Summer and Kane
Kane. The name conjures different thoughts to different people. To some Kane is a legendary professional wrestler who dominated the WWF in the late 90s. To others, Kane is the creator of Batman who, in the spirit of all great Batman villains, stole all the credit from his partner and Batman co-creator Bill Finger. To my family, Kane was a hero. He saved my life. My mother risked her life to save his. He was our best friend.
Kane was born in my home at the time, an apartment in Portland. I monitored the situation as Kane’s mother, Chloe, brought him and his littermates into the world.
The puppies grew and terrorized the place. We expected if not completely welcomed such behavior. After all, they were puppies. Kane gradually began to separate himself from his siblings. I'd lie on the floor to let the puppies use me as a kind of jungle gym. When something else drew the others’ attention, he would often stay behind to play on me. I guess he felt his role was with me. Soon it became obvious to all that he preferred the company of humans, especially me, over his brothers and sisters.
Chloe was my roommate’s dog. By default, the puppies were hers. It was fun having the little creatures around. They existed in two most prominent states. They were either tearing around playing or sleeping. We were fortunate in that the things they destroyed we could easily live without. They were so much fun we didn’t mind paying the price.
I had no intention of taking one of the pups; however, as the time for them to be adopted got closer, I started to entertain the idea. Looking back maybe Kane captured me the first time he laid across my neck licking my nose and filling my face with puppy smell. There are very few dog people who can resist puppy smell.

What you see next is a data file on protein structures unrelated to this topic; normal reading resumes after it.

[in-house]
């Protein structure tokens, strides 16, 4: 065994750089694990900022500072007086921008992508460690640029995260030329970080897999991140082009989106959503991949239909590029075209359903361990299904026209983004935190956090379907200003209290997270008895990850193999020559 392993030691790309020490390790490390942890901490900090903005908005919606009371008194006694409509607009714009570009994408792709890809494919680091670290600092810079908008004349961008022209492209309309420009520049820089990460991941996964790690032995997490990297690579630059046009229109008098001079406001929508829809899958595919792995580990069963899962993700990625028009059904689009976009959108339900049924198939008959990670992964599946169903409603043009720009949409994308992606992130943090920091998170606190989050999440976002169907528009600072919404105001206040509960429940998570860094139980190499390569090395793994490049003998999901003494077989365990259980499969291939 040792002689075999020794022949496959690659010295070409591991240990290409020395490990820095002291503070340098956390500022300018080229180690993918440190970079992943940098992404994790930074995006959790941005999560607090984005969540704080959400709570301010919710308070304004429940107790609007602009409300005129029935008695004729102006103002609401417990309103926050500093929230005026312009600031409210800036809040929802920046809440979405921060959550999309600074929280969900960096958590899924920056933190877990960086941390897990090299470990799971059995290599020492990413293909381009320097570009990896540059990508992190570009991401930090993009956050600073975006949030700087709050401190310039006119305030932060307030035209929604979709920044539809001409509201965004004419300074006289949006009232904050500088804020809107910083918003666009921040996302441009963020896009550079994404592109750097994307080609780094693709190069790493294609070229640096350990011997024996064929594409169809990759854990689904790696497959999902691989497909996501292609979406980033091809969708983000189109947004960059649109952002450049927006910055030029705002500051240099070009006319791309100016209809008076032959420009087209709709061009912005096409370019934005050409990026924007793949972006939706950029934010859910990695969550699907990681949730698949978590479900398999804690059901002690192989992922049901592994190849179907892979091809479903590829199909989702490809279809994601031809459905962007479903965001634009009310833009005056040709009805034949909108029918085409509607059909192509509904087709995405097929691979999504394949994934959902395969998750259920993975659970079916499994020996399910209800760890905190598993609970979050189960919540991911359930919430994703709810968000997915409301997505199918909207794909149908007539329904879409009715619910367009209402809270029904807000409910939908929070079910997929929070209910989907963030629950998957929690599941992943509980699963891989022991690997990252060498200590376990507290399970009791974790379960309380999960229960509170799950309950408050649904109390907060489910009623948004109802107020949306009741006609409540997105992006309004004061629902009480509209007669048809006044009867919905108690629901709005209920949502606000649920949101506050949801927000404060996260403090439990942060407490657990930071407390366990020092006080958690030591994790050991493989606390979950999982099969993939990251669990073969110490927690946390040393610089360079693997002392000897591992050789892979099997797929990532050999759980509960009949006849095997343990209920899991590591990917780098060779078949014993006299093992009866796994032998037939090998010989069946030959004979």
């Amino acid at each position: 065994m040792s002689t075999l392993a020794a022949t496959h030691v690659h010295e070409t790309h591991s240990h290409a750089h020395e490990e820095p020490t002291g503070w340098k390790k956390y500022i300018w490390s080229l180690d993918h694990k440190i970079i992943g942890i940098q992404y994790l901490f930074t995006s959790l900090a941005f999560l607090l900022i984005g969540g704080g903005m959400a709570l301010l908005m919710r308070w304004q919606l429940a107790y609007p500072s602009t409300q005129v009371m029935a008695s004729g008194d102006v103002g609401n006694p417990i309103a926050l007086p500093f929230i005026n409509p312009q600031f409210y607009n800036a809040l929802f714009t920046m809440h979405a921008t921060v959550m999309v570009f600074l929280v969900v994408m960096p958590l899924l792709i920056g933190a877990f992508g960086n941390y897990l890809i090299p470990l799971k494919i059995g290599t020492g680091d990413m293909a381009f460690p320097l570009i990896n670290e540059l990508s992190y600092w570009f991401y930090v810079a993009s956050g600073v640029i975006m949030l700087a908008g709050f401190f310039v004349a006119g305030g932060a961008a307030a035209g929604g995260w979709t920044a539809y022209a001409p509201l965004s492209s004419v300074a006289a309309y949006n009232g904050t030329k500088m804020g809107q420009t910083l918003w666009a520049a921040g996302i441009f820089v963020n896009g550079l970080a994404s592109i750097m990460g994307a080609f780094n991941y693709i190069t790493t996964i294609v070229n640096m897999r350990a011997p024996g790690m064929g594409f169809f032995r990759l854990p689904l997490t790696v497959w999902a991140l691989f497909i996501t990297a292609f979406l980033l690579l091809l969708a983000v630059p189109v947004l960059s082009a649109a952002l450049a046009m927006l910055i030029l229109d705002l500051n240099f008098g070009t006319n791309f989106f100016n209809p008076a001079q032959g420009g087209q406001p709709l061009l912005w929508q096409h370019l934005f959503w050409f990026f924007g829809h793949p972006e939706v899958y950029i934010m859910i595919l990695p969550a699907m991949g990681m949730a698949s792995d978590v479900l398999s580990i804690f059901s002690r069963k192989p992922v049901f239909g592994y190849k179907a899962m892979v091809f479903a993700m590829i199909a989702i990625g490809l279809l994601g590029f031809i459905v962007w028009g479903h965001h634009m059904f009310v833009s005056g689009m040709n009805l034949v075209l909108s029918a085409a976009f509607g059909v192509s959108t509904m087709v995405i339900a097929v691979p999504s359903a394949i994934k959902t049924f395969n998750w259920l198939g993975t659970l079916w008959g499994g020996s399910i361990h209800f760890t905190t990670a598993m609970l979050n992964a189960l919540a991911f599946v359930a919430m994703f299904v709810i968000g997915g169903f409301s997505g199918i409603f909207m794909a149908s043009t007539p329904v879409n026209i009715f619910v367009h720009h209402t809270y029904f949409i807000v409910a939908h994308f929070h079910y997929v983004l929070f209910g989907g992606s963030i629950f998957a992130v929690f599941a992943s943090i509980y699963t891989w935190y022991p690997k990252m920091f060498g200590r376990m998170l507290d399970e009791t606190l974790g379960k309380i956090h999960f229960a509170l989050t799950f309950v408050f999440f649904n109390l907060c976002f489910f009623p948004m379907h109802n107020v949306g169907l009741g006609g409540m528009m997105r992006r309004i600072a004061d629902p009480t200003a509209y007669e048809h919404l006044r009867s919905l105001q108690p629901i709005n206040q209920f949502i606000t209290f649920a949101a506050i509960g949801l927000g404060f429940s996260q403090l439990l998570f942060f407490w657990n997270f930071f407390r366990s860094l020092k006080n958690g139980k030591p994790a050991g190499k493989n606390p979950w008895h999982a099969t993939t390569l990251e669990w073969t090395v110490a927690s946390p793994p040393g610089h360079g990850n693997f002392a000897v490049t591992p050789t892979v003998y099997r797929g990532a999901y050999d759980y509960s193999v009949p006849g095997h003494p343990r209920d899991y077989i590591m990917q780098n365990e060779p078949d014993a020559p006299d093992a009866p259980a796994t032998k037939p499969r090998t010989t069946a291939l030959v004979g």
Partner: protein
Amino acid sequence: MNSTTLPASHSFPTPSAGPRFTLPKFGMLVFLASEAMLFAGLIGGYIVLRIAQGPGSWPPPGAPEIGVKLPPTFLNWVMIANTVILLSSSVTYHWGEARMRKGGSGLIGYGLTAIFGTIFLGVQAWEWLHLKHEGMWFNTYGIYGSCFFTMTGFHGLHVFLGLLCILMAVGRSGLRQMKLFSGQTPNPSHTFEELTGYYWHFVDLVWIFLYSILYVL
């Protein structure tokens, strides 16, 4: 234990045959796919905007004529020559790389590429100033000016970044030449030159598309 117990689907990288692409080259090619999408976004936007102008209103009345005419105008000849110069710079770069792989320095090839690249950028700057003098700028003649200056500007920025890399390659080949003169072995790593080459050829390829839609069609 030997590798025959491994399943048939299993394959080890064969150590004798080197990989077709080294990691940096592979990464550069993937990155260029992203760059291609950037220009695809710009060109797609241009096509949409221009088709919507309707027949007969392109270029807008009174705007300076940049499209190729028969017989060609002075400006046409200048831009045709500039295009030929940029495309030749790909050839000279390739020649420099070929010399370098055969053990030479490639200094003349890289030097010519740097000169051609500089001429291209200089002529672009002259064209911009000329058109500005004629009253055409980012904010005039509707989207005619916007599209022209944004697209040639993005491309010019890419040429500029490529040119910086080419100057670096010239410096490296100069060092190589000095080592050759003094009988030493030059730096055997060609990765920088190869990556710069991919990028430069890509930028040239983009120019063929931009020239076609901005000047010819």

I had to do one more thing before my little friend left his mom in favor of me. There was a man in my life at the time. I felt that I couldn’t bring a puppy into our relationship without at least consulting him. So, I convinced him that not only was a puppy a good idea but that it was his idea. In this way, the adorable little 12-week-old pup who had captured my heart became my dog. That’s also how he became “Kane.” I yielded the naming privilege to this guy. It was the final piece of creating the illusion that getting the dog was his idea. The guy thought it was a strong name that most people did not use. Neither of us wanted to yell the dog’s name and have a dozen dogs answer. The guy may have felt that Kane was his, but Kane had claimed me from birth. I am the person who took care of him. He and I knew we bonded for life.
We tell stories.
We tell stories to make sense of our lives.
We tell stories to communicate our experience of being alive.
We tell stories in our own distinct voice. Our own unique rhythm and tonality.
Transformations is a weekly story-telling column. The stories are written by community members who are my students.
From time-to-time we will feature guest writers whom we have invited to contribute to the Transformations series.
Our stories are about family, love, loss and good times. We hope to make you laugh and cry. Maybe we will convince you to tell your stories.
— Kathrin Seitz, editor, and Cheryl Durbas, co-editor
"Everyone, when they get quiet, when they become desperately honest with themselves, is capable of uttering profound truths. We all derive from the same source. There is no mystery about the origin of things. We are all part of creation, all kings, all poets, all musicians; we have only to open up, only to discover what is already there." — Henry Miller
Kathrin Seitz teaches Method Writing in Rockport, New York City and Florida. She can be reached at firstname.lastname@example.org. Cheryl Durbas is a freelance personal assistant in the Midcoast area. She can be reached at email@example.com.